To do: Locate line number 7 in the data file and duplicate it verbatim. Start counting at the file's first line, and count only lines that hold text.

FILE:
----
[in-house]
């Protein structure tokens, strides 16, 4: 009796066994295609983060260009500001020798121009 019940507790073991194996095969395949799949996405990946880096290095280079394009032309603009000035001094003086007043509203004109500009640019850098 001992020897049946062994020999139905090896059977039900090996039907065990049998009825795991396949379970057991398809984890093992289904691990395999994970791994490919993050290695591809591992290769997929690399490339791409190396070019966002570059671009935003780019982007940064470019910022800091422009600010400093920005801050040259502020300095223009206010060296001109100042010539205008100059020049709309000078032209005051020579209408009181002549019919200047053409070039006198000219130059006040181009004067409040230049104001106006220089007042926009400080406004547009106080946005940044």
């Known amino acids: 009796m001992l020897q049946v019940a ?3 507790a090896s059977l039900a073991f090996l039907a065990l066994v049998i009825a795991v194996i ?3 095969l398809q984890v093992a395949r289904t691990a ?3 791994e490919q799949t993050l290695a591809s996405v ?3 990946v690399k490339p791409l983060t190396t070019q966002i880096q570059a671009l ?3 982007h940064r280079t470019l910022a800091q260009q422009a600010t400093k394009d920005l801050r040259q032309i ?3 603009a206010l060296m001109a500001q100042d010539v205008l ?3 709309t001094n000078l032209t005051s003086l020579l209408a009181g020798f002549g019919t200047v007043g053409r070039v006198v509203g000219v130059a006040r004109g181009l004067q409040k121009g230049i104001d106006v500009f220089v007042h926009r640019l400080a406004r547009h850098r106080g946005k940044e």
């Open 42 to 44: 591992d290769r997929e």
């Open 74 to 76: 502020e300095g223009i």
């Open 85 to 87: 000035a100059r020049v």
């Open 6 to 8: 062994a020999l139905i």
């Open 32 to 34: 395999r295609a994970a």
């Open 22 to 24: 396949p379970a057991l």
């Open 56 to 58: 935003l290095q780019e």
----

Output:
């Open 6 to 8: 062994a020999l139905i």